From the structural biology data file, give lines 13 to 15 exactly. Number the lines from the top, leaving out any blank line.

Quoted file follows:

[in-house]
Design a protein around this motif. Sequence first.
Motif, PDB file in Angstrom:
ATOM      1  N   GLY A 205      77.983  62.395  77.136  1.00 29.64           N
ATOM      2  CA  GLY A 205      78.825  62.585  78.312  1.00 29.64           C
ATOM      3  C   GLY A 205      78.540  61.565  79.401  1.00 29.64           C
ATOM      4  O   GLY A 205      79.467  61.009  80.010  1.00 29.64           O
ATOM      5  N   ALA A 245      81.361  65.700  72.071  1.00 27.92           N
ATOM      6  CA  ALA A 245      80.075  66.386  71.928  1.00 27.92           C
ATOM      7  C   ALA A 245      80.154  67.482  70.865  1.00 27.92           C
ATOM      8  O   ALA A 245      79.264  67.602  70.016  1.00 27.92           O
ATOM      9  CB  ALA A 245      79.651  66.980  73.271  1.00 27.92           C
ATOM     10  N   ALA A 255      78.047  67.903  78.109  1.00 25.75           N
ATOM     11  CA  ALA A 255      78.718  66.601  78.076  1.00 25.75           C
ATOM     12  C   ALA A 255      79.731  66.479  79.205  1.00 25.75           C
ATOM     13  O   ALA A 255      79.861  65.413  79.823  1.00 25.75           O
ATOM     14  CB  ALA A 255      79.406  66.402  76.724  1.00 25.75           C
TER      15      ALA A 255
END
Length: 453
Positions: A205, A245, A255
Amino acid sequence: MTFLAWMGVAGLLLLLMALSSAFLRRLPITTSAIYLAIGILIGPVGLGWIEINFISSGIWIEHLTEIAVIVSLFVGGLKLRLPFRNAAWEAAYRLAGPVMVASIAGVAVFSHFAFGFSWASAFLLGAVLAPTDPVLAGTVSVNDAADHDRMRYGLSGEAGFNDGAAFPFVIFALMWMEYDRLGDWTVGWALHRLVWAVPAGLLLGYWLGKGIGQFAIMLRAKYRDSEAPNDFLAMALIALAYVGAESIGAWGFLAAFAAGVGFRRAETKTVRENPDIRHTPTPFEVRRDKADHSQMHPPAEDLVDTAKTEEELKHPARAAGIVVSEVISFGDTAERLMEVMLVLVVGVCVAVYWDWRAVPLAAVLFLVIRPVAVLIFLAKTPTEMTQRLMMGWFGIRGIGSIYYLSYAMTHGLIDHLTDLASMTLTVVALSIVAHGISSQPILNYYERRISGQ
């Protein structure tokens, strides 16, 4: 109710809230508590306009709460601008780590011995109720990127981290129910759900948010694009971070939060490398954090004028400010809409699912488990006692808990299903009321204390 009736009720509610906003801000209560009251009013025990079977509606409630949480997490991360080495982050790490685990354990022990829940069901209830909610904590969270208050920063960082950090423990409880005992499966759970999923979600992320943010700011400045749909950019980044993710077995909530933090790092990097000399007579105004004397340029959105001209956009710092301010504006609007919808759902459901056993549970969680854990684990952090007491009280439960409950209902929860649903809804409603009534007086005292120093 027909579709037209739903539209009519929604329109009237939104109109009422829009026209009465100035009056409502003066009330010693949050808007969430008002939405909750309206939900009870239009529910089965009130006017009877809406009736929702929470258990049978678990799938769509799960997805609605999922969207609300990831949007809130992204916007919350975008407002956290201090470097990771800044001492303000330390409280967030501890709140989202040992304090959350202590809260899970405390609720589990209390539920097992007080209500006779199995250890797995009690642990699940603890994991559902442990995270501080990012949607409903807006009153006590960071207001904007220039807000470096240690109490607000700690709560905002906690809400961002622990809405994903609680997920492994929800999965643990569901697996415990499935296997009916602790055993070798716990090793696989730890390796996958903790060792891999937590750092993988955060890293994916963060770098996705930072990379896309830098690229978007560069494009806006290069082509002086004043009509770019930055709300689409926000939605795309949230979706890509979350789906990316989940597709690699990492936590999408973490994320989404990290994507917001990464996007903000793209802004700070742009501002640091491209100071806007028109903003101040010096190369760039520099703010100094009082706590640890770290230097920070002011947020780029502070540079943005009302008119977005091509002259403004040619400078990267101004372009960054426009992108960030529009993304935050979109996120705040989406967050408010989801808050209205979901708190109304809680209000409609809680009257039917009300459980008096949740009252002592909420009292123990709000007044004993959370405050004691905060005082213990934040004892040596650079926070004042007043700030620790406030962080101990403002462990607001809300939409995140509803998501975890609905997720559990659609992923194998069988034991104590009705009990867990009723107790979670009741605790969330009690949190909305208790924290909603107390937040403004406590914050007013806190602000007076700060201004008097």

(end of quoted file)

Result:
ATOM     10  N   ALA A 255      78.047  67.903  78.109  1.00 25.75           N
ATOM     11  CA  ALA A 255      78.718  66.601  78.076  1.00 25.75           C
ATOM     12  C   ALA A 255      79.731  66.479  79.205  1.00 25.75           C